Jul 18, 2012
There is a lot of hype – and confusion – about the growing phenomenon of ‘Big Data’, a.k.a. The acquisition, analysis, and interpretation of ridiculously huge data sets. Depending upon the sources you use, Big Data is still very much in its infancy, but it is growing and will have a major impact on network traffic, and on WAN optimization, in the near future.
According to a recent Deloitte survey, the 2012 Big Data market will be worth between $1.3 and $1.5 billion, primarily consisting of pilot projects with fewer than 50 full-scale Big Data projects (10 PBs and above) worldwide. Another survey, from Wikibon, puts this year’s Big Data market at just over $5 billion in total factory revenue and growing to $50 billion by 2017. Deloitte predicts that more than 90% of Fortune 500 companies will have a Big Data initiative underway by the end of 2012.
It gets better – or at least more ‘interesting’ – from a network perspective. Big Data is expected to account for more than half of the world’s data in the next five years, according to a study from Internet Research Group. The study suggests this growth has the potential to clog networks, with the bandwidth demand compromising the latency, speed, and reliability of the enterprise WAN.
“If it needs to traverse the WAN, it [big data] needs to be factored into QoS schemes, WAN optimizer prioritizations, and possible storage array replication schedules to make sure it gets where it needs to go when it needs to go there with as little impact as possible on other critical WAN traffic,” said John Burke, Principal Research Analyst at Nemertes Research.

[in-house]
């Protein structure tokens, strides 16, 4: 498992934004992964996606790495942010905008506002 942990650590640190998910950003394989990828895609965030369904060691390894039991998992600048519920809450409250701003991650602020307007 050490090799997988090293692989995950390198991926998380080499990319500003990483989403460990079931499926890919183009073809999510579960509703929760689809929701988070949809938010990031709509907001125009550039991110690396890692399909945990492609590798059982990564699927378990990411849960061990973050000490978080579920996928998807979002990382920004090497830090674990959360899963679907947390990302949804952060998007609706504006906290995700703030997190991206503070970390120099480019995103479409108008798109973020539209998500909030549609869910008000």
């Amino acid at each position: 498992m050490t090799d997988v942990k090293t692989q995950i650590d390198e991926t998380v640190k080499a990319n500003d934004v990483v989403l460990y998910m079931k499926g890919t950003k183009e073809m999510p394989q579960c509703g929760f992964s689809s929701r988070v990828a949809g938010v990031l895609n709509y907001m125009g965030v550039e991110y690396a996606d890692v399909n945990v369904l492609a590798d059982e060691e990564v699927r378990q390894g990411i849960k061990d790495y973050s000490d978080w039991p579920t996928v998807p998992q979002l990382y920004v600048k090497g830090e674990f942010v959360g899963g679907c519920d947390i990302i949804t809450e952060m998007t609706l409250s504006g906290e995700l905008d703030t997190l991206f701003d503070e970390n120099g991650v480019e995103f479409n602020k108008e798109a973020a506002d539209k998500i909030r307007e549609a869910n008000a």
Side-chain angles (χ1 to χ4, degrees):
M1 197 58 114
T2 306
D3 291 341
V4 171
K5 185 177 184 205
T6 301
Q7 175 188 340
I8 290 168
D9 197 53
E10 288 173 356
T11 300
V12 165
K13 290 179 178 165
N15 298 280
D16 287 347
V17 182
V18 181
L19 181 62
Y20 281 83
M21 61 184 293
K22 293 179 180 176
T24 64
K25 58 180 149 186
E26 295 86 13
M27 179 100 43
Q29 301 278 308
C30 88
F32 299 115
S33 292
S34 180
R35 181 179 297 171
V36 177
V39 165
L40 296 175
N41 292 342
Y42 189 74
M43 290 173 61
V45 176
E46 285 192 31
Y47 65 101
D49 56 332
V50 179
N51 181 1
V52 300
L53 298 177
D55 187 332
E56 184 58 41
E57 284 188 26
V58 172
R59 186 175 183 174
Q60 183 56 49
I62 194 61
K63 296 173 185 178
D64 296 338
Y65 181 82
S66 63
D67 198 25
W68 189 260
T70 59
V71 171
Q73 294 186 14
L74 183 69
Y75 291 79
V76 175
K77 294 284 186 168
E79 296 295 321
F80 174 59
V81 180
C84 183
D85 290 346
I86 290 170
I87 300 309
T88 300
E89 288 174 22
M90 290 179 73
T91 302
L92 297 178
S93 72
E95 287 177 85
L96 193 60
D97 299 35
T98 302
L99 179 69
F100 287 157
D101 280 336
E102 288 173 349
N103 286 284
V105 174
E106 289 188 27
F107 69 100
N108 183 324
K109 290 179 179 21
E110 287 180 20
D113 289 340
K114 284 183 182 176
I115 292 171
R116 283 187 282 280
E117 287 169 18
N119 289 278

That’s where a good WAN optimization solution can play a big role. According to Silver Peak, the five areas where WANop can help keep networks running quickly and reliably are:
With network performance as much as 90X better with WAN optimization, it looks like the expected Big Data surge will spur additional WANop use, too.
image source: flickr (Steven Vance)
Steve is a proficient IT journalist, editor, publisher, and marketing communications professional. For the past two-plus decades, he has worked for the world’s leading high-technology publishers. Currently a contributor to Network Computing, Steve has served as editor and reporter for the Canadian affiliates of IDG and CMP, as well as Ziff Davis and UBM in the U.S. His strong knowledge of computers and networking technology complement his understanding of what’s important to the builders, sellers and buyers of IT products and services.